Afghan suicide bomb scare highlights concern about 'insider threat'
Reports of suicide bomb vests inside the Afghan Department of Defense were eventually dismissed as false, but they pointed to US concerns about Taliban infiltrators or rogue troops attacking US soldiers or the Afghan government.
Haraz N. Ghanbari/AP
The reports forced a two-hour lockdown of the Afghan Department of Defense Tuesday: nearly a dozen suicide vests discovered hidden at the Afghan Ministry of Defense and an equal number of Afghan troops arrested for a possible terrorist attack this week.
In the end, Afghan officials deemed the reports false, but they ratcheted up growing concerns about an “insider threat” within Afghan forces.
To some degree, the risk of Afghan troops turning against foreign troops or their own government is inherent in a counterinsurgency. Insurgents will seek to find ways to disrupt the very force being built to fight them.
But with US troops apparently mistakenly burning Qurans in February and an American soldier accused of killing 17 Afghan civilians in March, US forces are on high alert for reprisals from members of Afghan security forces – be they Taliban infiltrators or outraged troops.
US military official say they are looking for ways to mitigate the threat.
“It is prudent for us to recognize that, as you know, revenge is an important dimension in this culture,” Gen. John Allen, the top US commander in Afghanistan, told reporters Monday in a Pentagon briefing. “So we would be prudent ourselves in looking for the potential for that to emerge.”
Nearly a quarter of the deaths of coalition troops in Afghanistan have been the result of “green on blue” incidents of violence – Afghan security personnel attacking coalition troops.
While Allen stressed that the relationship between the two allied forces “in many cases ... in fact in most cases ... is very strong,” he acknowledged that the US military has taken the “steps necessary on our side to protect ourselves.”
To lessen the opportunity for such violence on bases shared by Americans and Afghan national security forces, precautions include separate sleeping arrangements and “internal defenses to have someone always over-watching our forces,” said Allen.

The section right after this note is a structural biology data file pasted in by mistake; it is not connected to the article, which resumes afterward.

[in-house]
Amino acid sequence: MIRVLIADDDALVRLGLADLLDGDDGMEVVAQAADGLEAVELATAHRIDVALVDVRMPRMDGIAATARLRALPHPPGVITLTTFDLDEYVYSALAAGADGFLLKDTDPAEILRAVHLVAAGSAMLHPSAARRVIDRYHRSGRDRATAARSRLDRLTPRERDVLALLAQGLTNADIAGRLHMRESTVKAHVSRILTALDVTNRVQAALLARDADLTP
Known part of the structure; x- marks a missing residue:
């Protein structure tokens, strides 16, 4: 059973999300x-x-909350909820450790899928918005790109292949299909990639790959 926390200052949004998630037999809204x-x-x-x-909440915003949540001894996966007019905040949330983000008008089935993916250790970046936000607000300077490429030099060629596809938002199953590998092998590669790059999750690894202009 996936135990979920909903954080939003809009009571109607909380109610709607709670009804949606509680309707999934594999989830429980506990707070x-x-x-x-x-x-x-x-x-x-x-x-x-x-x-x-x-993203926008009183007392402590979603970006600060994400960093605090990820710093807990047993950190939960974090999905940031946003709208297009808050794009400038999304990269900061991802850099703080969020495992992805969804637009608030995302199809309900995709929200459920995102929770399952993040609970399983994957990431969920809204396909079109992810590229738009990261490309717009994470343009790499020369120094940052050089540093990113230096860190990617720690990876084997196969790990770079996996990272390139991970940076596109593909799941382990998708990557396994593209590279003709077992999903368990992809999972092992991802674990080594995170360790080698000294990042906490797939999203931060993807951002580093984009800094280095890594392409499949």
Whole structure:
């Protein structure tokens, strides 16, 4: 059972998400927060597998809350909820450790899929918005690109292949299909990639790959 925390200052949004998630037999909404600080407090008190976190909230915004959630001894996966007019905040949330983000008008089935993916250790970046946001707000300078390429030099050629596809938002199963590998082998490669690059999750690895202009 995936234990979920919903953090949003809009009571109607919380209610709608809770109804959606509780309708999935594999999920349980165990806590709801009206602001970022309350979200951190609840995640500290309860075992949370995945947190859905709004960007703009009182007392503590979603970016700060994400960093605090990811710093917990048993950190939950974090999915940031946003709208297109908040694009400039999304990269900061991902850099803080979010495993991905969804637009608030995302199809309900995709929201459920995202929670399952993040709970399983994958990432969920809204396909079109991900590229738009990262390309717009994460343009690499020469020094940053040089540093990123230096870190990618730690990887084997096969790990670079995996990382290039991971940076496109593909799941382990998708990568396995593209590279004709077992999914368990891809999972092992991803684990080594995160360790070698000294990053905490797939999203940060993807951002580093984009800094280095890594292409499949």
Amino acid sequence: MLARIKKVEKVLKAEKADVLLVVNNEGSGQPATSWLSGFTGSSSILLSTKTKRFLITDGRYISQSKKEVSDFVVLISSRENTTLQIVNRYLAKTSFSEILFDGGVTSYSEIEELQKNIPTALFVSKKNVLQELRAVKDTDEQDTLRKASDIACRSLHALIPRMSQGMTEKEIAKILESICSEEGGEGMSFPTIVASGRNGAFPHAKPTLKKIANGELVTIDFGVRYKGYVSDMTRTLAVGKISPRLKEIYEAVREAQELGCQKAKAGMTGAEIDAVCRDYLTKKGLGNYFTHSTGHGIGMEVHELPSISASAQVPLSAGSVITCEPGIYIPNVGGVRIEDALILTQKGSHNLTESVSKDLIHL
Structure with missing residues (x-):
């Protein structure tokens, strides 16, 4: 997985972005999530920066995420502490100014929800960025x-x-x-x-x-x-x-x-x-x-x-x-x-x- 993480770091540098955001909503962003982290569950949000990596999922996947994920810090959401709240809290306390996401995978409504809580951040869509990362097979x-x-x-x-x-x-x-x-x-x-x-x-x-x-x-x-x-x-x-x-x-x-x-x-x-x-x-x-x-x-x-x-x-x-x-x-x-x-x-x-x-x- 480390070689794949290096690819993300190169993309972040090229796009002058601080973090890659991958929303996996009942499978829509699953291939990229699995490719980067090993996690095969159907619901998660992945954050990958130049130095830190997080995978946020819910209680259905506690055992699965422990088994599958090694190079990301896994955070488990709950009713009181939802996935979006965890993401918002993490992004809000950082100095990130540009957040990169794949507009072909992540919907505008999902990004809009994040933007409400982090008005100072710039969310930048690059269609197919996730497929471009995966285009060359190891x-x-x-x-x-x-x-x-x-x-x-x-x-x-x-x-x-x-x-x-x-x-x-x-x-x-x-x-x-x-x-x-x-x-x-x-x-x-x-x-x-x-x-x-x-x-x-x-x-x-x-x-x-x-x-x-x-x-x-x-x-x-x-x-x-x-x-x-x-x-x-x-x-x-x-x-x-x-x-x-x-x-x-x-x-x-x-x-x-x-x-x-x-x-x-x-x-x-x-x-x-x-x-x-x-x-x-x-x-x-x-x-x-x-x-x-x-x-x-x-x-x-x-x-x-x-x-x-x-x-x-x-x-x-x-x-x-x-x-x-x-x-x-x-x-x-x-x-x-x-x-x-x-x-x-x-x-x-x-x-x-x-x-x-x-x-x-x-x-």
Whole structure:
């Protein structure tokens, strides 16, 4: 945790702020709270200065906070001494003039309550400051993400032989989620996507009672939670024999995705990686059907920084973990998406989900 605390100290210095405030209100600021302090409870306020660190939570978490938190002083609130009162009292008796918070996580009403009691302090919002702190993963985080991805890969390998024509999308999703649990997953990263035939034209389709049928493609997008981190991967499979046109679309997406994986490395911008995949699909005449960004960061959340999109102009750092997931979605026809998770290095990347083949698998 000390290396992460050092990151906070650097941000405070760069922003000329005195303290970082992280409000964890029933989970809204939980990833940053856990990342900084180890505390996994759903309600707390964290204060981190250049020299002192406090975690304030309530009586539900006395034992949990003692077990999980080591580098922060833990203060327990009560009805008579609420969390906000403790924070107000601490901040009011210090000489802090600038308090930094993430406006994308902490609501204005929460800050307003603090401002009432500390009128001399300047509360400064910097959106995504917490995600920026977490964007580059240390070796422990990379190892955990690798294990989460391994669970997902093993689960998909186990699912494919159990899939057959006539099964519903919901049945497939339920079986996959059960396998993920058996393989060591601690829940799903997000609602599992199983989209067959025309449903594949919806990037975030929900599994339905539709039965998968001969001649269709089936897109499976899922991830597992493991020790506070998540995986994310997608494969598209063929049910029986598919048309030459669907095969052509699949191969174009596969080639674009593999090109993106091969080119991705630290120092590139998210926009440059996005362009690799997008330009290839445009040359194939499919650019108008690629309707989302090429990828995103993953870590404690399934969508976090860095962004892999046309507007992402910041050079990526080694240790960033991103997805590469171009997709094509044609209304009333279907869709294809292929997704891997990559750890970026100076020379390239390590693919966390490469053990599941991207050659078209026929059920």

Afghan forces are also being taught “how to recognize radicalization or the emergence of extremism” within their ranks through intelligence techniques, Allen said, adding, “There have been some breakthroughs, in fact, in Afghan investigations, in arrests that have been made of elements that have been found in the ranks that potentially could have been a perpetrator for a ‘green-on-blue.’ ”
It is “no secret that the Taliban has had as an objective for some period of time infiltrating the ranks of both the ANSF [Afghan national security forces] and those elements that support us directly on board our camps,” Allen said.
Yet such attacks are also a cost of waging a war in which the training of Afghan security forces is America’s exit strategy, Defense Secretary Leon Panetta said.
Allen echoed those sentiments. “I think this is a characteristic of counterinsurgencies,” he said. “On any occasion where you’re dealing with an insurgency and where you’re also growing an indigenous force which ultimately will be the principal opposition to that insurgency, the enemy’s going to do all that they can to disrupt ... the integrity of the indigenous forces that developed,” he further warned. “We should expect that this will occur.”